Chad represents one of the largest refugee host countries in Africa, with a regular influx of refugees and numerous internally displaced people (IDPs) calling for the implementation of effective mechanisms for refugee and IDP protection. In December 2020, Chad adopted its first asylum legislation, which will enhance the protection of the nearly 480,000 refugees it is currently hosting. The law will ensure asylum seekers and refugees freedom of movement, and access to education, justice and healthcare. The decision, which was met with great enthusiasm by international actors such as UNHCR, is in line with the country’s commitment to Geneva’s Global Refugee Forum in 2019. 

Read the full UN News article at:


“They left us for dead”. Tigray refugees tell of horrors after Ethiopian troops vowed they’d be safe

All Africa – 8 December 2020

The UN expects 100,000 people to flee from the Tigray region over the next six months, with 45,000 refugees already located in Sudan since the beginning of the conflict in November. From the time when the Ethiopian National Defense Forces (ENDF) took over the city of Mekelle, communications have been severely limited, and international agencies fear the potential disruption in humanitarian access to vulnerable areas and civilians. Refugees interviewed at the border by CNN outlined their concerns about the potential inclusion of other regional actors within the conflict, and for its possible escalation into ethnic cleansing. 

Read the full CNN article at:


Fragile cities are being inundated with people fleeing the impacts of climate change. How can they cope?

Ensia – 30 December 2020

Climate change is increasingly affecting human mobility, with thousands being displaced every year by environmental phenomena such as flooding and drought. Climate-induced migration is growing, and the World Bank reports that by 2050, more than 143 million people could be “internal climate migrants”, with the majority of them located in sub-Saharan Africa, Latin America and South Asia. Rural-to-urban migration will promote the emergence of urban hotspots from informal settlements where the displaced arrive in seek of shelter, jobs and food. This could entail an overburdening of municipal governments, paralleled by unmet demands for basic services such as housing, transport and employment. The IOM worked with Somali government representatives to promote the engagement of displaced persons in the visioning of their short-term needs and strategies for self-reliance. Likewise, strategies have been assessed in Ethiopia, where climates migrants are likely to triple by 2050.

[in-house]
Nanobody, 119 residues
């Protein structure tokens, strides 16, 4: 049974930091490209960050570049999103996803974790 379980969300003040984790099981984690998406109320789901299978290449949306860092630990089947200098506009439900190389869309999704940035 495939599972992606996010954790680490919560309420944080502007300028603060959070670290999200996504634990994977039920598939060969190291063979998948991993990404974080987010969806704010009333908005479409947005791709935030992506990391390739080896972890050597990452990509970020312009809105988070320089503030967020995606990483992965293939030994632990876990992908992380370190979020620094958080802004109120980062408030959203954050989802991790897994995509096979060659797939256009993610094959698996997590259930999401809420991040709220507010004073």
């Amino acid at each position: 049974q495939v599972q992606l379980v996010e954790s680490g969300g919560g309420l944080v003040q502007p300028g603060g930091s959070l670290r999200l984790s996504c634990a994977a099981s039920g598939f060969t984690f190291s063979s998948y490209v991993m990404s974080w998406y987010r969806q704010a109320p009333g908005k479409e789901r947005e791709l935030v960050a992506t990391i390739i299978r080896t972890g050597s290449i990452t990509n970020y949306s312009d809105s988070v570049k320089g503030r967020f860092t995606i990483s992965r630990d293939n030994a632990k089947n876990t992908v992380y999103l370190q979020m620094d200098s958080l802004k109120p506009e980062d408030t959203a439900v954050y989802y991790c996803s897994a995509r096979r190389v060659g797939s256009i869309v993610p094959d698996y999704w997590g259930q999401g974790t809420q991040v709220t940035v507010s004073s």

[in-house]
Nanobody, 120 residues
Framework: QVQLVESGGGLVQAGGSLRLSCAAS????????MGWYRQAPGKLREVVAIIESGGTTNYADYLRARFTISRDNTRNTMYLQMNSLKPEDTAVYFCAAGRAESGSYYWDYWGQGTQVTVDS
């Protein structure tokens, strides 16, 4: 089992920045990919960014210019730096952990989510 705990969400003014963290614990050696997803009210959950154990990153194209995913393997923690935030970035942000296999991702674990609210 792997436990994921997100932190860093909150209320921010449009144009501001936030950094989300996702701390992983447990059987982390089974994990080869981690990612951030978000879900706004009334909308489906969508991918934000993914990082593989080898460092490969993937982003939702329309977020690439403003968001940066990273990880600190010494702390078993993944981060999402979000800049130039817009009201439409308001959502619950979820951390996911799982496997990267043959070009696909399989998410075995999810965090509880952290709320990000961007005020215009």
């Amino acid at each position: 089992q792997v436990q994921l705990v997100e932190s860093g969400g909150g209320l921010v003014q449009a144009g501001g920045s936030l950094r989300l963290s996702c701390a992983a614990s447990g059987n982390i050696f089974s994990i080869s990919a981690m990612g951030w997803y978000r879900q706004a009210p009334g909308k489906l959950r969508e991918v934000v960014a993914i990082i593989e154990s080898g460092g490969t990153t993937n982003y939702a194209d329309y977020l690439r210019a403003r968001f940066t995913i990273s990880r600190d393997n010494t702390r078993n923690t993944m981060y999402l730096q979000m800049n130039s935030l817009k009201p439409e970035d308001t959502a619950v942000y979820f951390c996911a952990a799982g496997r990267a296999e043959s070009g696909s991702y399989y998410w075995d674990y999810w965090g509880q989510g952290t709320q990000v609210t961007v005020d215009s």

Read the full Ensia article at:





Sudanese refugees in Israel fear deportation after normalisation agreement

Foreign Policy – 10 December 2020

Trump’s announcement of a normalisation agreement between Israel and Sudan, was later celebrated by the Israeli Prime Minister Netanyahu as the Sudanese reversal of the 1967 Arab League’s declaration in Khartoum that stated: no peace with Israel, no recognition of Israel, and no negotiations with Israel. In the aftermath of such developments, the Israeli Member of Parliament May Golan stated that “there is peace in Sudan now, so you can go back to your country”, with more than 6,200 Sudanese asylum seekers fearing their expulsion from Israel similar to the deportation of South Sudanese in 2011 after obtaining independence. With war crimes being perpetrated in Darfur, and violent conflict still ravaging parts of the country, Sudanese refugees in Israel fear their potential deportation back to Sudan. Meanwhile in Israel, refugees are discursively referred to by politicians in Netanyahu’s right-wing coalition as ‘infiltrators’ and as economic migrants seeking to flee from poverty, deepening pre-existing tensions and facilitating the rise of xenophobia.

Read the full Foreign Policy article at:


Europe’s growing push to return rejected asylum seekers

Info Migrants – 17 December 2020

“There is a return system and arriving in Europe doesn’t necessarily mean that you will get to stay”. Olivia Sundberg Diez, an analyst at the European Policy Centre, used these words to describe the increased European push to continue returns. The development of bilateral deals with third countries was intended to facilitate the commitment of states to accept returns, yet African countries are increasingly recognising such deals as unequal partnerships. Forced returns are especially problematic during the Covid-19 pandemic, and the escalation of local conflicts over resources. Moreover, the European support for the Libyan coastguard appears wilfully blind to the accusations they face of sending migrants to centres for torture, abuse and extortion. Likewise, European pressures on Niger to pass a draconian security law that criminalises migrants have exacerbated inter-ethnic tensions by preventing border trade and movement. The European focus on returns severely limits its initiatives for legal migration channels, which would instead represent an effective tool for the management of migration.